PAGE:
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Another Saddam "What if."(10 posts)

Another Saddam "What if."eyebob
Dec 15, 2003 1:21 PM
Would there be too much of a risk of putting Saddam through a trial of anyone other than his own people? What if he's convicted (in the Haig or somewhere like that) and he's ordered put to death. What kind of backlash would the West expect? Is there any real chance of a "bloodless" ending to this without the Iraqi people being the ones to give him thumbs up or thumbs down in the proverbial "courtroom?"

Going skiing. Good night.

BT
he'll be dead one way or anotherDougSloan
Dec 15, 2003 1:34 PM
I can't imagine any scenario not ending in his death. Either:

A. he kills himself
B. someone assinates him, or
C. some jurisdiction executes him

Jailing him, I think, would only result in continued terrorist attempts to obtain his release. Nutcases would want to "impress" him by doing so, maybe thinking they'll be rewarded somehow.

If anyone ever deserves the death penalty, he does. I can't see much sympathy or backlash.

Doug
We're all dead one way or another,TJeanloz
Dec 15, 2003 2:01 PM
My guess is that he's old enough to die of natural causes before he meets the end of a trial. The wheels of justice turn awfully slowly...

But, w/respect to the original question, none of the world courts have the death penalty as an option - the worst the Hague can do is life in prison.
trueDougSloan
Dec 15, 2003 2:14 PM
My guess is that this will be an internal Iraq trial, with the US pulling the strings. Now, there very well may be concurrent jurisdiction (recall that McVeigh was convicted in state and federal courts), and he could face trial, if still alive, in several forums. At least one of them will execute him.

My further guess is that this has already been worked out with the Iraqi governor's council, whatever they are calling it, in advance, and this issue was a litmus test for being selected.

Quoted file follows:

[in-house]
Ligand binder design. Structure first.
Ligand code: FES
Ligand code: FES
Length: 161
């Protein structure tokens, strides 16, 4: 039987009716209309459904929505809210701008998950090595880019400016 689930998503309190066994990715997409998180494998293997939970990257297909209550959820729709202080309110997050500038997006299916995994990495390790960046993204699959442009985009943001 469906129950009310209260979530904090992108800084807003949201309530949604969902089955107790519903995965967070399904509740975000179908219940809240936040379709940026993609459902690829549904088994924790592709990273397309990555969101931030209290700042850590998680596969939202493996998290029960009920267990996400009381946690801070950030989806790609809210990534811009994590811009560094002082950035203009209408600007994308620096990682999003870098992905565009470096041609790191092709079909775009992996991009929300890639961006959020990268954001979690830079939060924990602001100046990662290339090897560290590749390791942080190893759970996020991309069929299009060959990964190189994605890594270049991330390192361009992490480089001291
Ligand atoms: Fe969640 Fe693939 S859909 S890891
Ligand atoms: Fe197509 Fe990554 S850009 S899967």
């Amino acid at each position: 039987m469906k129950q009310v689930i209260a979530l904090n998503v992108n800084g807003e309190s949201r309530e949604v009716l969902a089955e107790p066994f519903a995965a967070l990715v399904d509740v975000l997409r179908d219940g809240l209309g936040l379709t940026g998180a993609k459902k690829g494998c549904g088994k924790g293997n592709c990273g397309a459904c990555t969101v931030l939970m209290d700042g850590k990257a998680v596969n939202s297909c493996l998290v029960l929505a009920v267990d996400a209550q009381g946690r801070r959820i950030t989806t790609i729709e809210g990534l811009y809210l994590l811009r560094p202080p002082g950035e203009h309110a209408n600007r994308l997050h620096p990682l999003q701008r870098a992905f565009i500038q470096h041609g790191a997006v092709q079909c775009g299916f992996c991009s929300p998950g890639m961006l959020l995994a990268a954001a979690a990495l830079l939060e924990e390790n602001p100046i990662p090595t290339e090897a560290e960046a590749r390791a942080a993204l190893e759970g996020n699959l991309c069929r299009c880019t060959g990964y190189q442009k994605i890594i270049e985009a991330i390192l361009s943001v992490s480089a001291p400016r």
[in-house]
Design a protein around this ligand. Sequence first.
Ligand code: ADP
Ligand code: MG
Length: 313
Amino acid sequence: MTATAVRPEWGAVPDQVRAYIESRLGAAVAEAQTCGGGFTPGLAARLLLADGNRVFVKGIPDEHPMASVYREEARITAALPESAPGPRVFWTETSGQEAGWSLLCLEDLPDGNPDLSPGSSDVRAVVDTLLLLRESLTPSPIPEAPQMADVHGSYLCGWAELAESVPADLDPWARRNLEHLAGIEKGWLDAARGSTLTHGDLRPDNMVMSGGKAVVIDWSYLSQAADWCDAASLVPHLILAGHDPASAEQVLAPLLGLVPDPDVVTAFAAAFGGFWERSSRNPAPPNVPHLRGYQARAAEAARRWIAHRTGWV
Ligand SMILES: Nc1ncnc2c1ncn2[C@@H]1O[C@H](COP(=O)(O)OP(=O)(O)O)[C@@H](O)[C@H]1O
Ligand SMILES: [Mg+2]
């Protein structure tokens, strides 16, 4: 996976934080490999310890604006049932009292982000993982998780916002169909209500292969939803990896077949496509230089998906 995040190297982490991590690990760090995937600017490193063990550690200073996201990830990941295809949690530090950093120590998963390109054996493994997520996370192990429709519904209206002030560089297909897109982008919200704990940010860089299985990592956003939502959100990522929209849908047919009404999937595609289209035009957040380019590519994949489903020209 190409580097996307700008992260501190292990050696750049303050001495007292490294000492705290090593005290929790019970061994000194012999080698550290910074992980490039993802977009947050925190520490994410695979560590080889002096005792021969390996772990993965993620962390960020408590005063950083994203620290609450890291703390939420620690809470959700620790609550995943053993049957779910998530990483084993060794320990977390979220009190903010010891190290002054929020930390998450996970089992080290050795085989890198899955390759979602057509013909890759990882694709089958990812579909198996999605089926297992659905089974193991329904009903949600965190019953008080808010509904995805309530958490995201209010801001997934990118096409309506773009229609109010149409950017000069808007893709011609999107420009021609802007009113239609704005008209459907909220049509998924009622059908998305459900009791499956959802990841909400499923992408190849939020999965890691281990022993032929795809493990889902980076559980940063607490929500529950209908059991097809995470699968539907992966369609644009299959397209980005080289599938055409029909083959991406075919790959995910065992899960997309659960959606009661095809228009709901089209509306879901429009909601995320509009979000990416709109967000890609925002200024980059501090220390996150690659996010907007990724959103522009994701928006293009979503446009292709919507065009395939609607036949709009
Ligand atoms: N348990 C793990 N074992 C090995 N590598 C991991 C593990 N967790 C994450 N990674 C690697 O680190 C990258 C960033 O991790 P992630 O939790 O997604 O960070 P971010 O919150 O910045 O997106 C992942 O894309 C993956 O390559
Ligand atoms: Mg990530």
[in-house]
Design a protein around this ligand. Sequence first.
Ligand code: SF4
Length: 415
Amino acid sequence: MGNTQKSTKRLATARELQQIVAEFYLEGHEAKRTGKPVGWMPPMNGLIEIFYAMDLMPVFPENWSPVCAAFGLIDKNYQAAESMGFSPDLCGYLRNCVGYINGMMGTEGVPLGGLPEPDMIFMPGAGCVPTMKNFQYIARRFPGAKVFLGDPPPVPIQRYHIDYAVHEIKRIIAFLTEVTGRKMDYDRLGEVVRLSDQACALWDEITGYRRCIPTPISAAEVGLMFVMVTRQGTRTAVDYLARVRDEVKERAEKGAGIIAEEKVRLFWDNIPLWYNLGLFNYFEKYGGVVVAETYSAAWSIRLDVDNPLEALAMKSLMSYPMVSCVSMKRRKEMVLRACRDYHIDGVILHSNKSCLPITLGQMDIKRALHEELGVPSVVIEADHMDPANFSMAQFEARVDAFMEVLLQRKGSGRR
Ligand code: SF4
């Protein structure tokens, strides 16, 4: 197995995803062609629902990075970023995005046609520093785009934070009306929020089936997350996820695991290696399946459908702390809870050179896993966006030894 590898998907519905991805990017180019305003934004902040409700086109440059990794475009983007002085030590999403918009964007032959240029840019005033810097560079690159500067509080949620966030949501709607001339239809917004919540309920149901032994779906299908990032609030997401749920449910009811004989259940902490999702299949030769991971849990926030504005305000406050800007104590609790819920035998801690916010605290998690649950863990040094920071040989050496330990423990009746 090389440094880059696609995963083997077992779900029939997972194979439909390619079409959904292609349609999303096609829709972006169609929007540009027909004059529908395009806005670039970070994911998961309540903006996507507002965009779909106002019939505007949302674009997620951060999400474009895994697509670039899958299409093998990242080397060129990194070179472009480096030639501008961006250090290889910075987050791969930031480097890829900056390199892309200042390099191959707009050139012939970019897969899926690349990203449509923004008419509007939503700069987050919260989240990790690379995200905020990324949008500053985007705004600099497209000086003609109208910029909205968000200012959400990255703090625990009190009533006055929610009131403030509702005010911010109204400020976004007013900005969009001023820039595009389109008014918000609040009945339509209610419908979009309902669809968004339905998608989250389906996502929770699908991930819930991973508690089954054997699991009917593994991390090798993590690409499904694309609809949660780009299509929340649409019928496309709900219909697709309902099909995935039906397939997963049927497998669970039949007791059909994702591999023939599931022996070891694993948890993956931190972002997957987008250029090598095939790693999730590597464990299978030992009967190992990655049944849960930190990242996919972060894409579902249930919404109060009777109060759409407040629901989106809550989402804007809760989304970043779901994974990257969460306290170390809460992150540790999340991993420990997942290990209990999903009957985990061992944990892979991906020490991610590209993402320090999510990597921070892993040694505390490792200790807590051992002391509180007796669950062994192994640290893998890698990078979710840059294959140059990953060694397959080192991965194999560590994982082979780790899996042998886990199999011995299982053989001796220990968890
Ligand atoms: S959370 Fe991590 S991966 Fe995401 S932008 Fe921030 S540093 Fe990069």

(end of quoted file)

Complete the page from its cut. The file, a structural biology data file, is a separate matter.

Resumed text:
Doug
He won't be as "lucky" as Milosevic ...HouseMoney
Dec 16, 2003 1:22 AM
I concur that all indications lead to Saddam being tried by the people of Iraq, with the death penalty as the end result. There'll be the clamor for a Hague trial, but I don't see that option happening.

Upon his capture, the words of Saddam almost mirror those of Slobodan Milosevic, another delusional dictator: "Former Yugoslav President Slobodan Milosevic ... has said that he doesn't feel any guilt. According to the ex-President, if it were necessary, 'he would have done the same for the sake of the Serbian people'." Replace "Serbian" with "Iraqi", and you have Saddam.
I thought I read somewhere that ...Live Steam
Dec 15, 2003 2:28 PM
he cannot be put to death if tried by the ICTY in the Hague. Can anyone verify this?
Correct, no death penalty (nm)TJeanloz
Dec 15, 2003 2:34 PM
No Death PenaltyJon Billheimer
Dec 16, 2003 9:21 AM
From what I've read currently Iraq has no death penalty either. However, once "sovereignty" is granted to the current governing council that'll probably be rectified in about 15 minutes.
Does Iraq currently have any laws?TJeanloz
Dec 16, 2003 9:56 AM
Don't you need a government and a judiciary before you can have laws?
What Iraqi laws . . .Steve98501
Dec 16, 2003 11:07 AM
would Saddam be tried under? What jurisdiction? Iraq doesn't even have a constitution at this time.

Natural law?